Sciamma’s direction definitely bear some style in its visuals yet remains grounded in its emphasis to study the world of urban life that is on the outskirts of Paris as it is shot on locations outside of the city with a few parts in the city. Sciamma’s usage of the wide shots don’t just add to the scope of the locations as they’re unique in its setting as world that has elements of African culture but also in tune with what the city of Paris is as well as some American culture. Notably with African-American culture as the four young women play into that world that says a lot about their identity as black women that include music, dancing, and clothes with Sciamma serving as the film’s costume designer where she uses clothes to help express these women including Marieme’s own evolution as a person. In the first act, she wears largely sports-like clothing as the first scene shown have women playing American football while the second act has Marieme wear more street-like clothing as well as expensive designer dresses. One noted scene during the second act involves the four women all wearing these expensive dresses and jewelry where Marieme earns the name Vic as they all sing and lip-sync to Rihanna’s Diamonds as it is presented in a medium shot in very few shots where Sciamma lets the camera linger in this moment that is just intoxicating.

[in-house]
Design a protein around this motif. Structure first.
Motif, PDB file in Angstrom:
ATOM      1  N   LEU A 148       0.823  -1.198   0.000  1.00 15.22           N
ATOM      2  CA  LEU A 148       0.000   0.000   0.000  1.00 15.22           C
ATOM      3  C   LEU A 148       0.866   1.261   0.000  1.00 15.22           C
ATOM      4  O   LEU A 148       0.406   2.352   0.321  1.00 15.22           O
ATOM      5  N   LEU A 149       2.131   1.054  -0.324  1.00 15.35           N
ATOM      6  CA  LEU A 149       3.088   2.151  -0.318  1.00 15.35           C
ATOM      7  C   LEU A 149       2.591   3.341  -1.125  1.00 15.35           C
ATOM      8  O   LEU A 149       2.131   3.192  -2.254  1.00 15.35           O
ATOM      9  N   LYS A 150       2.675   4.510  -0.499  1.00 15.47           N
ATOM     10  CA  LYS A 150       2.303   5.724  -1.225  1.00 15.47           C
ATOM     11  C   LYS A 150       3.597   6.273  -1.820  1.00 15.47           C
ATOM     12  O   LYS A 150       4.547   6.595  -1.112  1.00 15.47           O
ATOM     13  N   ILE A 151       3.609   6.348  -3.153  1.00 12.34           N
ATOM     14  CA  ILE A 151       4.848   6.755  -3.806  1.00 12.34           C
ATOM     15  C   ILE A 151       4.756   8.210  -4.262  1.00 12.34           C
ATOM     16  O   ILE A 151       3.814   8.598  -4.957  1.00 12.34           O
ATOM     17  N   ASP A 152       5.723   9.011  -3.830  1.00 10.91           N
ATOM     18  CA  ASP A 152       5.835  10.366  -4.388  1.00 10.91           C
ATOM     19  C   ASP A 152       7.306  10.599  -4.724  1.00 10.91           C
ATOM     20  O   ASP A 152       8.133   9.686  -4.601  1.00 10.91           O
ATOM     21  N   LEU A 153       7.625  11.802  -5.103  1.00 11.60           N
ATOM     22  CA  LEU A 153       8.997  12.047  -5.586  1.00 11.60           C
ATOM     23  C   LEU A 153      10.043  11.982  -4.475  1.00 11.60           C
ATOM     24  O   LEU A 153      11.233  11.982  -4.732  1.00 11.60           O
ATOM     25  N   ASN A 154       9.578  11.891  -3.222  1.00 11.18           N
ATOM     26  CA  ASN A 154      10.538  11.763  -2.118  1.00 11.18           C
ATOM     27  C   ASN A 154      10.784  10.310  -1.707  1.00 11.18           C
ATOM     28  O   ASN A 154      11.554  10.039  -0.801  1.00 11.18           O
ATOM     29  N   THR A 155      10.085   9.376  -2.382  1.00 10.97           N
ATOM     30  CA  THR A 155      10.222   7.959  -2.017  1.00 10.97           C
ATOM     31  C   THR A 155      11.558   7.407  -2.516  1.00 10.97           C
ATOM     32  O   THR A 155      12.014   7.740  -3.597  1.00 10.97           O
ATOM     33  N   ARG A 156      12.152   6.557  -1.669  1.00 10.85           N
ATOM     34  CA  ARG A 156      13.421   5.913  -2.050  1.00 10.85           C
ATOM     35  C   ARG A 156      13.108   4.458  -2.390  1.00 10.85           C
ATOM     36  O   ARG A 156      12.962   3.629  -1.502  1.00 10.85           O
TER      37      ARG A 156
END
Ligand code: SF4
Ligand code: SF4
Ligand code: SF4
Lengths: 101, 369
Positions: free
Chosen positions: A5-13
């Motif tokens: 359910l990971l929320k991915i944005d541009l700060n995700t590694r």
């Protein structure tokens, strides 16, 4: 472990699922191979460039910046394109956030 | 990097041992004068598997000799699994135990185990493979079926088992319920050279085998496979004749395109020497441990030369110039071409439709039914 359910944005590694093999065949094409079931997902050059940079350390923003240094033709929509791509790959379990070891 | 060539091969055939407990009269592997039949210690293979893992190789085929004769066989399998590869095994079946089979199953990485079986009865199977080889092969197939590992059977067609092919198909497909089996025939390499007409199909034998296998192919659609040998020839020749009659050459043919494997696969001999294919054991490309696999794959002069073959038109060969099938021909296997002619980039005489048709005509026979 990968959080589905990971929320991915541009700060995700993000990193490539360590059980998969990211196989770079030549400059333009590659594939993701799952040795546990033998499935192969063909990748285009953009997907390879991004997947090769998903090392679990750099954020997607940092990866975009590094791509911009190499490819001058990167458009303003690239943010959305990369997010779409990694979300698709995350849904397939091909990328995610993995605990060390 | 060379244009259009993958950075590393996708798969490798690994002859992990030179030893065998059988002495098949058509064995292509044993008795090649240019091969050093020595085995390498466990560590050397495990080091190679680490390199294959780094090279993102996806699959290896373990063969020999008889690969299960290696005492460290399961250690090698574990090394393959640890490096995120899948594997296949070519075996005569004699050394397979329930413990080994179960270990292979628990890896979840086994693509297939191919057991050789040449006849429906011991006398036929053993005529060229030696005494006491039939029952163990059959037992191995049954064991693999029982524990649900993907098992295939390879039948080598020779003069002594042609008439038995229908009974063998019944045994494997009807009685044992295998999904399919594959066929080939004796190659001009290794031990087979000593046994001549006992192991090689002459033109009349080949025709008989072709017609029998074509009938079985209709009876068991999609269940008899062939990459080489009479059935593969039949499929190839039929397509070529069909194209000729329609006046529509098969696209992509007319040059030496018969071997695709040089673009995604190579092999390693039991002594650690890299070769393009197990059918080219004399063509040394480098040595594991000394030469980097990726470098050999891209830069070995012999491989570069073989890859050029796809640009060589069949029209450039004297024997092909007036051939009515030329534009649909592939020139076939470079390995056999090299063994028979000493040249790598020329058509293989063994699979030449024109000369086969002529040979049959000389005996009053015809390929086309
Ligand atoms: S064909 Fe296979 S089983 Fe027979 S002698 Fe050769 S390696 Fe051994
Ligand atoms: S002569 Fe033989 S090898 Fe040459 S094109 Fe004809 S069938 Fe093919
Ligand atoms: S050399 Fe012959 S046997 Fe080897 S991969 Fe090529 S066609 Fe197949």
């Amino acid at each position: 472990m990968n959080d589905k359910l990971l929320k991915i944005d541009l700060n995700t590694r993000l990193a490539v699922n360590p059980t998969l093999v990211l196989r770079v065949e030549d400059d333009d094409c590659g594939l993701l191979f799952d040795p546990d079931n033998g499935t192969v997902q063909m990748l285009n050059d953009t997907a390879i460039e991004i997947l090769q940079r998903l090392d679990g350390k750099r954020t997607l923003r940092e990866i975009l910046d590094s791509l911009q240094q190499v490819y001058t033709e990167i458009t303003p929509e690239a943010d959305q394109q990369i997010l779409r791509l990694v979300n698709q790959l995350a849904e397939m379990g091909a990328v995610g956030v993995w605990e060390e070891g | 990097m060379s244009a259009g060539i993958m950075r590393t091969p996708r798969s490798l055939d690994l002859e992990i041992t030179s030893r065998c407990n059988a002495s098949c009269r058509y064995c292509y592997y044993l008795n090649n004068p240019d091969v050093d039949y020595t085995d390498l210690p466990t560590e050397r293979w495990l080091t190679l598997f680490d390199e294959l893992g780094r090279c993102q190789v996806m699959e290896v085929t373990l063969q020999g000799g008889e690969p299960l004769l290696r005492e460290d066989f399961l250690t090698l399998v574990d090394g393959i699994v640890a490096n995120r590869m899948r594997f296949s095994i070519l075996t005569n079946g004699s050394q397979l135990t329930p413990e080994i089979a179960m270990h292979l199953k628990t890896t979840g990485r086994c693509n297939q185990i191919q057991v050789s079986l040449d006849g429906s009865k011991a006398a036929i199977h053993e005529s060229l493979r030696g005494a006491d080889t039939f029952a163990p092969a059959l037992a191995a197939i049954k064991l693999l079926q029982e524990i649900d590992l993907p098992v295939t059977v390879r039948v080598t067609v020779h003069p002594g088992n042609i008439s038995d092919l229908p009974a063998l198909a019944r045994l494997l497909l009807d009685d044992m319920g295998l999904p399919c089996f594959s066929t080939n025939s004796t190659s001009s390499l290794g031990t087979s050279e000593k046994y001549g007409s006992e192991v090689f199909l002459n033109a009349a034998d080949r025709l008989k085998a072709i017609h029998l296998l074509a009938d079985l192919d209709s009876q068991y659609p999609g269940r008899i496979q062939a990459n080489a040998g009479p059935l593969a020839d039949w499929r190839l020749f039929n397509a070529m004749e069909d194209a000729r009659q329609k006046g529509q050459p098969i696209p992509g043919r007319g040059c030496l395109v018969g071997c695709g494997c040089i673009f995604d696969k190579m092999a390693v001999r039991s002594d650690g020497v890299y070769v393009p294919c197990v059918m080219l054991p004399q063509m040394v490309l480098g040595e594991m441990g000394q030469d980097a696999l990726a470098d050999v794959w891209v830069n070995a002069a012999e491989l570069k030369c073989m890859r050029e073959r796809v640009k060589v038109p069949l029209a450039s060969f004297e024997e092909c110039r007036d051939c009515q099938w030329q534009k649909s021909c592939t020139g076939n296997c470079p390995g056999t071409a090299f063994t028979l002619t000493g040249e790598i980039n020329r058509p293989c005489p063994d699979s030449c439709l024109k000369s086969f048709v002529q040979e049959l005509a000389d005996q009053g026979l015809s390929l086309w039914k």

Sciamma also showcase the world of African-French culture and how they interact with conventional society but also be part of their own yet there are also dangers as it relates to Marieme’s own attraction to Ismael and its repercussions. Notably as her home life becomes more oppressive with her mother unable to be at home and her brother being more controlling as Sciamma’s close-ups and medium shots play into that as the film’s third act is darker as it relates to the path that Marieme takes upon meeting this drug dealer in Abou (Djibril Gueye) who offers her a home away from her brother but her gang believes it is a bad idea. It is where the film’s tone does change in terms of its mood yet remains consistent with the narrative that Sciamma is telling as it play into her lack of a future yet there is also something hopeful in the way the film ends as it is more about Marieme taking control of who she is with or without a gang. Overall, Sciamma crafts a mesmerizing and riveting film about a young woman who joins a gang of women in a search for her own identity away from her oppressive home life.